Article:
Knowing your audience is crucial in argument writing. Of course, it is best if you can anticipate the position your audience already takes on your subject. The language and tone of your essay may change depending on whether you have a friendly audience who already supports your position, or if you have either a neutral or hostile audience. It is imperative that you do not insult or judge your reader by suggesting that he/she is somehow less intelligent or knowledgeable if he/she does not accept your position. Avoid making absolute statements that could somehow exclude your particular reader (“Anyone with even a high school education must believe . . .”). Try to anticipate your audience’s objections to your position. Acknowledge these opposing arguments and, if you can, refute them. The Opposition:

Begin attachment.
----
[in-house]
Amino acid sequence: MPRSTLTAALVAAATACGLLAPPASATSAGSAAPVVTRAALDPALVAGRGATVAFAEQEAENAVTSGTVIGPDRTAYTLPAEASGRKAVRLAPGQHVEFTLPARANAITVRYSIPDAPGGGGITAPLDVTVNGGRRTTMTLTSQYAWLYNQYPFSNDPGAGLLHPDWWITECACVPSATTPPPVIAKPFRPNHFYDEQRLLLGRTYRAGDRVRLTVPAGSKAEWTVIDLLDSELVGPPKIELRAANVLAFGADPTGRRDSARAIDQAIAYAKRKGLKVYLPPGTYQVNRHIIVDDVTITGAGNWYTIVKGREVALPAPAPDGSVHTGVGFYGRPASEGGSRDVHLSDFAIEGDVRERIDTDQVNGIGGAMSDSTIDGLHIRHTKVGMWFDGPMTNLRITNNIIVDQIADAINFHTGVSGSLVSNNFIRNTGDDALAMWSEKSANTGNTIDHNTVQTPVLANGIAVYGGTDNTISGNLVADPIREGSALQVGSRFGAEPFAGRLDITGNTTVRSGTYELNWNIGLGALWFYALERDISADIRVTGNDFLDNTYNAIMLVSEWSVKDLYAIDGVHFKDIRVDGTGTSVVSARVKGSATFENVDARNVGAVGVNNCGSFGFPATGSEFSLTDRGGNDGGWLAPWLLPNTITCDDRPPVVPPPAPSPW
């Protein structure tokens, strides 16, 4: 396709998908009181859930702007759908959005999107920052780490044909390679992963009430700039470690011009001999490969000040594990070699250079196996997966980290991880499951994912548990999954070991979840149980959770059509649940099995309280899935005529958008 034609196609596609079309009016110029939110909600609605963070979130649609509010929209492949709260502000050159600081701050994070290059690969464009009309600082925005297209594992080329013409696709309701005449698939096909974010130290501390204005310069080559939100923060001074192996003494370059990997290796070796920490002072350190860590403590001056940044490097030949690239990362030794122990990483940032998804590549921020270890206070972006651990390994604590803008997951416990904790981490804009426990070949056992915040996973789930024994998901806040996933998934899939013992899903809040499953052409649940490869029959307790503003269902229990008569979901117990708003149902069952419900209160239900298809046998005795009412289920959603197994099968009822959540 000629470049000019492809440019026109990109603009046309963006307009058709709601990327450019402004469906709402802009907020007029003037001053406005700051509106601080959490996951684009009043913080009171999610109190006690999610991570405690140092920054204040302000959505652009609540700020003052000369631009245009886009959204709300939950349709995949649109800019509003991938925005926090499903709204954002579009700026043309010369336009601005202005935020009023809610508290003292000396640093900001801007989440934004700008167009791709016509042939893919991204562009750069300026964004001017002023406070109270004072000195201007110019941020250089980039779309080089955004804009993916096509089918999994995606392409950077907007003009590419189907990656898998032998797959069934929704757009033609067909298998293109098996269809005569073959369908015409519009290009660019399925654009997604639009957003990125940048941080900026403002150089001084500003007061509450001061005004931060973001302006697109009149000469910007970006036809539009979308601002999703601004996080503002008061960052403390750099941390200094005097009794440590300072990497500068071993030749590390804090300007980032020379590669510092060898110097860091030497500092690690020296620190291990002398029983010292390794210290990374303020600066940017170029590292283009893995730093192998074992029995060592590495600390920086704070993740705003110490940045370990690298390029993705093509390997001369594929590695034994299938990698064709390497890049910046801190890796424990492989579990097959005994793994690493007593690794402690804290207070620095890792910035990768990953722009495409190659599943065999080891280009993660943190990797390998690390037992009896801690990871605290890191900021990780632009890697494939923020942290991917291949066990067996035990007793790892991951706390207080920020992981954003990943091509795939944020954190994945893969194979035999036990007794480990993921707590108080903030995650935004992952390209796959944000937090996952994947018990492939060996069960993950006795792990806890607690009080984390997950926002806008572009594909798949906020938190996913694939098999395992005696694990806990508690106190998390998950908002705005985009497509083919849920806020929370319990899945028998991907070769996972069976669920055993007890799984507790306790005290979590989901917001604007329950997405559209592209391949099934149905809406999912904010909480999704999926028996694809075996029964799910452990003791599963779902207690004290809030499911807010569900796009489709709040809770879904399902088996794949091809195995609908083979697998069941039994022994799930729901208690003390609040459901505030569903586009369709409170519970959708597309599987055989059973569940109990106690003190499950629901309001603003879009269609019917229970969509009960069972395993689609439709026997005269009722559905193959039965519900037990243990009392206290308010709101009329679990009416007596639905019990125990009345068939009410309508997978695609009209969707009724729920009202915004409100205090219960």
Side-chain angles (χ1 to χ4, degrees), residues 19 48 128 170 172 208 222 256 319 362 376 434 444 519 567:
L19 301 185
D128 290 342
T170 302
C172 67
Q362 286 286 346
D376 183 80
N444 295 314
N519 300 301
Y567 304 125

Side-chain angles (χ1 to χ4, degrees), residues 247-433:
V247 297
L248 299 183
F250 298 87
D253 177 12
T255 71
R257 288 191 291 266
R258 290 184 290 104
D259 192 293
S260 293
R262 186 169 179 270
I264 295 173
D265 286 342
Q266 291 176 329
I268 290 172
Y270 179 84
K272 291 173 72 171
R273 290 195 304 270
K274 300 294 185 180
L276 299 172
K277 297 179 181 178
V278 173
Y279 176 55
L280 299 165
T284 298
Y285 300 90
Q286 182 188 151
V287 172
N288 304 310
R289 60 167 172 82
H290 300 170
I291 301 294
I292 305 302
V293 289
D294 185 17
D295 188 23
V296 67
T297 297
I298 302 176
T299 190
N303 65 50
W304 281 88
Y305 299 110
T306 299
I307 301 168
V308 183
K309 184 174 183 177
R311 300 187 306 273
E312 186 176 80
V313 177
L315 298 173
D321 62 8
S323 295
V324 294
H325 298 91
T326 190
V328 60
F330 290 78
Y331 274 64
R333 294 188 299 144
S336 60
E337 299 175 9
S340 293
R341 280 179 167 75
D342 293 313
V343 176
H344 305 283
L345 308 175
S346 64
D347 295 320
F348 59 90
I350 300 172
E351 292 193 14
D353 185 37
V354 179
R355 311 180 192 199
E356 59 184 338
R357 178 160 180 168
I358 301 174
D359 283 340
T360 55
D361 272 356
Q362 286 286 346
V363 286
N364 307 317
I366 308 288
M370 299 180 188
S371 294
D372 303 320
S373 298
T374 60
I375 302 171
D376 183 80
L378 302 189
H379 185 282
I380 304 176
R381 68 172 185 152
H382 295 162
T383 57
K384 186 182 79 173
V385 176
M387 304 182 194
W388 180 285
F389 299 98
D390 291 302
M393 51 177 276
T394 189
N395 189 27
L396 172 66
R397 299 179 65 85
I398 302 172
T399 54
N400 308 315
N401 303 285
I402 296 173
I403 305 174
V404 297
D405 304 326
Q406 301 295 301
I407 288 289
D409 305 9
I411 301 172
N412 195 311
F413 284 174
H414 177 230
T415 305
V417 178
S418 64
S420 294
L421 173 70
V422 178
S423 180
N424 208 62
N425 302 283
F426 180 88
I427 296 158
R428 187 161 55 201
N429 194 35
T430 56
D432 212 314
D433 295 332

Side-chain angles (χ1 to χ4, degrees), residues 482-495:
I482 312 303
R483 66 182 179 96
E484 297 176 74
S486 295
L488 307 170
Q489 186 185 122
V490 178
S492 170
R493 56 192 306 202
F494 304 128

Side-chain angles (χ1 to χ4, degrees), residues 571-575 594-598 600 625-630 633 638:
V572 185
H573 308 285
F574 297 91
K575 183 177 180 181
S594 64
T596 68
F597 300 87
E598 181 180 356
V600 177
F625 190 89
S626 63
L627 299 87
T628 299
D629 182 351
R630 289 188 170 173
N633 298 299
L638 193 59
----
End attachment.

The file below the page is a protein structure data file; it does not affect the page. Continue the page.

It is always best in argument that you consider all sides of your issue. If you show your audience that you have considered all opposing points of view before you chose your own side, you look as if you have made an impartial, fair evaluation of your whole subject. When writing, it is often effective to let the audience know you are aware of opposing
arguments—we call this bowing to the opposition. There are a few ways to do this:
--You may list in the introduction the opposing arguments before advancing your own. --You may present an opposing position and refute it within each paragraph. --You may present your entire argument logically and effectively, and then bring up and refute opposition at the end of the essay. The Writing:
Introduction: You must accomplish two important tasks in the introduction of argument
writing—defining your issue and making your stance clear.